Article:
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The "Disappointing" Impact Of Euro Devaluation On European GDP

The divergent prospects for growth, interest rates and monetary policies between the euro zone and the United States has led to a completely normal depreciation of the euro against the dollar, despite this depreciation being limited by the euro zone’s external surplus. Most observers are exuberant about this depreciation of the euro, but Natixis asks, faced with imports that the euro zone cannot do without (commodities, components manufactured outside the euro zone due to the segmentation of production processes), is it certain that it has a positive effect on euro-zone growth? Given the sensitivity of the euro zone's foreign trade (in volume terms and in terms of prices) to the euro's exchange rate, and at the historical link between the relative growth of the euro zone and the euro’s exchange rate, Natixis (devastatingly for the recovery-enthusiasts) find that the effect of a depreciation of the euro on euro-zone growth is very minor at best and, at worst, zero.

 

Via Natixis,

Normal depreciation of the euro

The outlook for growth in the euro zone is much less bright than in the United States (Chart 1, Table 1). This has led to prospects for much higher interest rates – both short- and long-term – in the United States than in the euro zone (Charts 2A and B and 3A, B and C).

Despite the euro zone’s external surplus (Chart 4A), linked to the weakness of its domestic demand (Chart 4B), this outlook for a more restrictive monetary policy in the United States points to a gradual depreciation of the euro (Charts 5A and B), curbed by the surplus in the euro zone’s current-account balance and by the role of the euro as an international reserve currency sought by central banks (Chart 6), which results in purchases of euro-denominated bonds by non-residents.

Most analysts and politicians are pleased about this prospect of a depreciation of the euro. But is it certain that a depreciation of the euro leads to more growth in the euro zone?

Euro exchange rate and euro-zone growth

So we are trying to determine whether a weaker euro leads to stronger growth in the euro zone. The doubt stems from imports that the euro zone cannot do without:

  • Commodities (Chart 7A), which represent 6 percentage points of GDP;
  • Components imported from the rest of the world due to the international segmentation of value chains (Chart 7B).

We will use two approaches:

  • Estimated elasticities of foreign trade to the exchange rate;
  • The observed historical relationship between the relative growth of the euro zone and the euro’s exchange rate.

1. Elasticity of foreign trade to the exchange rate
We estimate econometrically:

  • The elasticity of the euro zone’s exports in volume terms to the euro’s real trade-weighted exchange rate (Chart 8A);
  • The elasticity of the price of euro-zone exports to the euro’s nominal trade-weighted exchange rate (Chart 8B);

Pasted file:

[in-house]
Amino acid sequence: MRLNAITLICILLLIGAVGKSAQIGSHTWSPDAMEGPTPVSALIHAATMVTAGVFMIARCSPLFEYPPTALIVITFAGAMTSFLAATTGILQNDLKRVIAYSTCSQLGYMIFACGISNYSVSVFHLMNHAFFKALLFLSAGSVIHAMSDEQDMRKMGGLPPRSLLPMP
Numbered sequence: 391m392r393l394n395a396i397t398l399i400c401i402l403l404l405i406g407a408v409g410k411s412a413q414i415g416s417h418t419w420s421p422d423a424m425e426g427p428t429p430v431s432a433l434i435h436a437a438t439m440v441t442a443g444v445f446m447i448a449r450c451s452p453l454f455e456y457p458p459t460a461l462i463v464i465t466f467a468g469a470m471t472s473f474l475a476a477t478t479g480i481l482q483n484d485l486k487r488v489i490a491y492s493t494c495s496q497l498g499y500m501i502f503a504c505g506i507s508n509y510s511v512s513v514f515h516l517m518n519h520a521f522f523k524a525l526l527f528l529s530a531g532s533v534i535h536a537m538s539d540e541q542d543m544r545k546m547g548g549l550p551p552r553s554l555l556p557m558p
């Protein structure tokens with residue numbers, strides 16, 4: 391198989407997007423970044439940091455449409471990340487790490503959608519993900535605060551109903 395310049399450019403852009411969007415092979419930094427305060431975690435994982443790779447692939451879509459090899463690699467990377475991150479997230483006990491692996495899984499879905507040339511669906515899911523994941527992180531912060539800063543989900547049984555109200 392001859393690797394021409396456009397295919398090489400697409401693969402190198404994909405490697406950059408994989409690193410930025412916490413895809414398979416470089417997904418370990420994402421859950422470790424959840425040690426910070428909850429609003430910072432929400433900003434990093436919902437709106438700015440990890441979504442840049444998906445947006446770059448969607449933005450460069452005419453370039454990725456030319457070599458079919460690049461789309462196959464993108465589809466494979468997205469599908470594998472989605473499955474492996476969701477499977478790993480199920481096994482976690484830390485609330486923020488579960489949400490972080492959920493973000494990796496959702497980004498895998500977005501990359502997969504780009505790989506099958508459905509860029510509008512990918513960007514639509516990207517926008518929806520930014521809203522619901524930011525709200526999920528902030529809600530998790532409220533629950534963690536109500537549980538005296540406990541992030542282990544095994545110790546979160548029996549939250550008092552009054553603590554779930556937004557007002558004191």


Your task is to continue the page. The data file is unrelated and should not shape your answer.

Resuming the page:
• The elasticity of the euro zone’s imports in volume terms to the euro’s real trade-weighted exchange rate (Chart 8C);
  • The elasticity of the price of euro-zone imports to the euro’s nominal trade-weighted exchange rate (Chart 8D);

We obtain:

  • Elasticity of exports in volume terms to the real exchange rate (an appreciation is a rise in the exchange rate): -0.15;
  • Elasticity of the price of exports to the nominal exchange rate: -0.27;
  • Elasticity of imports in volume terms to the real exchange rate: +0.05;
  • Elasticity of the price of imports to the nominal exchange rate: -0.36.

*  *  *
A 10% depreciation of the euro:

  • Increases euro-zone exports by 4.2% (given the increase in their relative price);
  • Increases euro-zone imports by 3.1% (given their relative price);
  • Therefore increases the euro zone’s level of GDP by only 0.2 percentage point.

*  *  *

2. Historical relationship between the relative growth of the euro zone and the euro’s exchange rate

We look at the link between growth in the euro zone relative to the United States and to the world (Chart 9A) and the euro’s exchange rate. Chart 9B shows that growth in the euro zone relative to the United States was high in 2001 (with a weak euro) but also in 2006-2007 (with a strong euro), and then declined while the euro depreciated. Chart 9C shows that growth in the euro zone relative to the world fell from 2001 to 2003 (with a weak euro) and has since been stable. We see no link between the relative growth of the euro zone and the euro’s exchange rate.

Conclusion: Should we be thrilled about the euro’s depreciation?

The divergent prospects for growth and interest rates between the United States and the euro zone explain the euro’s depreciation despite the euro zone’s external surplus. Is the euro’s depreciation good news if we take into account the weight of the euro zone’s necessary imports? First we looked at the elasticities of euro-zone export and import volumes and prices to the exchange rate. We saw a slightly positive effect of the euro’s depreciation on real GDP in the euro zone. Next we looked at the link between euro-zone growth relative to the United States and the world and the euro’s exchange rate. It appears no such link exists.